Friday, February 17, 2012

"WIND CHASES PRESTON" A prediction. Peltier Update

Dear NPPA Supporters:

The young Preston Randolph, college student and aspiring director, continues on his remake of Incident at Oglala under the new documentary title, “Wind Chases the Sun.” Catchy title even if the geophysics is implausible.

Preston recently stated of Wind; “This film with the new information and very new and very shocking testimonies from former FBI, BIA and BOP as well as key witnesses will be revealing for the first time the horrific truth…we will be blowing this case apart…etc., etc.,” You get the point.

(Side note: If Wind includes, for the BOP, the love-affair scenario between Leavenworth guard Bruce Smith and Peltier, it will lack credibility; nothing Smith claims has any relevance to Peltier’s conviction, sentence, appeals or feigned innocence. It would amount to meaningless filler.* Also, if Wind includes, for the FBI, anything from former FBI agent M. Wesley Swearingen, it will contain even less credibility. Swearingen’s ramblings have covered all the bases from the incredible to the bizarre [he knew of the plot to kill JFK…]. Swearingen adds nothing of substance to the Peltier debate except that he did say “Why does anyone have to know who actually fired the fatal shots? I can assure you that if I had been in such a shoot-out there would have been a hell of a lot of dead Indians.” “Peltier is a joke, as is Bob Robideau.”** )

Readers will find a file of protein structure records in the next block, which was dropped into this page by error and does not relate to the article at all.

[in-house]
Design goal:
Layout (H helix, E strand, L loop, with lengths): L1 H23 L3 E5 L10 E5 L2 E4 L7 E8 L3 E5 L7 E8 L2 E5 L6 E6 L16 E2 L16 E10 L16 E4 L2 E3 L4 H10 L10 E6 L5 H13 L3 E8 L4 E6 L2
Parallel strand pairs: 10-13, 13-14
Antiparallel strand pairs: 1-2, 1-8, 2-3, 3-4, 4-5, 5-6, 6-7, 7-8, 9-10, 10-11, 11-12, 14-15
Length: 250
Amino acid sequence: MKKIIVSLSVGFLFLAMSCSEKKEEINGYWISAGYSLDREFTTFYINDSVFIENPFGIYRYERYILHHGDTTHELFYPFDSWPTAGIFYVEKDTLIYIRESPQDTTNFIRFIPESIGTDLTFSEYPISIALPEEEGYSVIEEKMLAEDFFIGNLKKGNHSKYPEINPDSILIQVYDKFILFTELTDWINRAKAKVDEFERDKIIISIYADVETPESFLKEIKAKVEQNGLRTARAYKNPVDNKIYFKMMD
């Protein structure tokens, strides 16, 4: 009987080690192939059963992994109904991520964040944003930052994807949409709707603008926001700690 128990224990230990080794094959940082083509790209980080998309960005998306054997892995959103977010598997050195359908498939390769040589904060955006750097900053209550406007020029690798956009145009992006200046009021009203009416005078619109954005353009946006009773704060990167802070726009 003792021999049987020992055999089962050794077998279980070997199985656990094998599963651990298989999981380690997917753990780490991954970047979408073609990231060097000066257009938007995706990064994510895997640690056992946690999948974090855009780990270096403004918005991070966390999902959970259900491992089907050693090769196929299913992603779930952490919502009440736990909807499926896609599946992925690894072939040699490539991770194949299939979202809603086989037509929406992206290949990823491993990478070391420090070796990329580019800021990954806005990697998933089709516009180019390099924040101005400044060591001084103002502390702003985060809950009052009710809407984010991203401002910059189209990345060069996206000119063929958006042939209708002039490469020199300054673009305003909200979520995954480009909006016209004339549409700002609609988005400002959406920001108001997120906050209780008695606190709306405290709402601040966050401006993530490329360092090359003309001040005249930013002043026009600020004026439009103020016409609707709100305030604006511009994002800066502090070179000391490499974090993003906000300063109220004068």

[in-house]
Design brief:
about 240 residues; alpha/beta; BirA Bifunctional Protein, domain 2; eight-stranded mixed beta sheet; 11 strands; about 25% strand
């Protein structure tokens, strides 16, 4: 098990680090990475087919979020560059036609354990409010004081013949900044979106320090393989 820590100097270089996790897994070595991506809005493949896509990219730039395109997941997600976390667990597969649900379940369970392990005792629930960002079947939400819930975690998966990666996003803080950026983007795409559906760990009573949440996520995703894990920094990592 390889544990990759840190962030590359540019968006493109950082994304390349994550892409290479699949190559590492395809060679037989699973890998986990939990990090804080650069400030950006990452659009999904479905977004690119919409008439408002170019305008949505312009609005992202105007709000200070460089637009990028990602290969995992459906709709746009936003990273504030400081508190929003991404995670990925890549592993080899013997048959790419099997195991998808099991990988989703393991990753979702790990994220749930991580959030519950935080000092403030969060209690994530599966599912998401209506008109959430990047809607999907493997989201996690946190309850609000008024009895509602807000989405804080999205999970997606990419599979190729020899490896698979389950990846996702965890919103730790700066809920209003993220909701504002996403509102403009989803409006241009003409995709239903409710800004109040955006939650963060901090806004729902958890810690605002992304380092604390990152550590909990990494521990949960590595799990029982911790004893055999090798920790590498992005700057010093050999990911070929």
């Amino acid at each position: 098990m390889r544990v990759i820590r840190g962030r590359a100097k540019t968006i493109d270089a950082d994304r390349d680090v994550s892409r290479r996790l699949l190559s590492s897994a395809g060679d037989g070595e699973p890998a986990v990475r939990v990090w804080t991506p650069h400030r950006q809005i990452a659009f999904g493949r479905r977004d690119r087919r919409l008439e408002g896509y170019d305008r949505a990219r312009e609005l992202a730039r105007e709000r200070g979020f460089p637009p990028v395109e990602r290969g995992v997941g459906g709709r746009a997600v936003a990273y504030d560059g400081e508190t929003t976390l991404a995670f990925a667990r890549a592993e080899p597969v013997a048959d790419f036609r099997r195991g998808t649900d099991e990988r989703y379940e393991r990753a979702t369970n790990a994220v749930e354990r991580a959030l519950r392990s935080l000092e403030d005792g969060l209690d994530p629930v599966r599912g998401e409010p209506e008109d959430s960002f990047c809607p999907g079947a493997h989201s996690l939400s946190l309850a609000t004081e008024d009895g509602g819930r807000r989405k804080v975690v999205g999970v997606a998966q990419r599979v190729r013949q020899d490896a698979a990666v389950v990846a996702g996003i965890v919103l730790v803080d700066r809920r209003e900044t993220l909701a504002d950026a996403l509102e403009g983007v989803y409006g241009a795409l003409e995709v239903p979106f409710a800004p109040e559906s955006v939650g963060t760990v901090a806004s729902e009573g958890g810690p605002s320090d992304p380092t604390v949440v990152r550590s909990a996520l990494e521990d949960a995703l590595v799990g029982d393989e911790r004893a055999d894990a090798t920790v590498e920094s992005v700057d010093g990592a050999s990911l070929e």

Early on I exchanged emails with Preston but it became apparent that confusing agenda with facts was problematic; it’s much easier to pursue the folklore.

With his “expansive team of researchers and producers,” (in other words, Preston and buddy or two), they plan to undo nearly 37 years of intense scrutiny, multiple trials and hearings, dozens of appeals and thousands upon thousands of pages of reports, documentation and transcripts that will produce “…documents, testimonies, affidavits and interviews you have never heard of…”

Wonderful threat, and a tall challenge that cannot be reached, and here’s why: Every single question concerning June 26, 1975 has been asked and answered, and the fundamental facts of what happened that day cannot be altered no matter how deep the mythology surrounding Peltier becomes. The substance of what the Peltier jury heard from the “critical witnesses” establish the sequence of events that began with the overheard radio calls from Agent Williams himself that they were about to come under fire, and then were, as those nearby responded to their aid. But too late, as Joe Stuntz and Norman Brown fired on the first responding agent and BIA officers.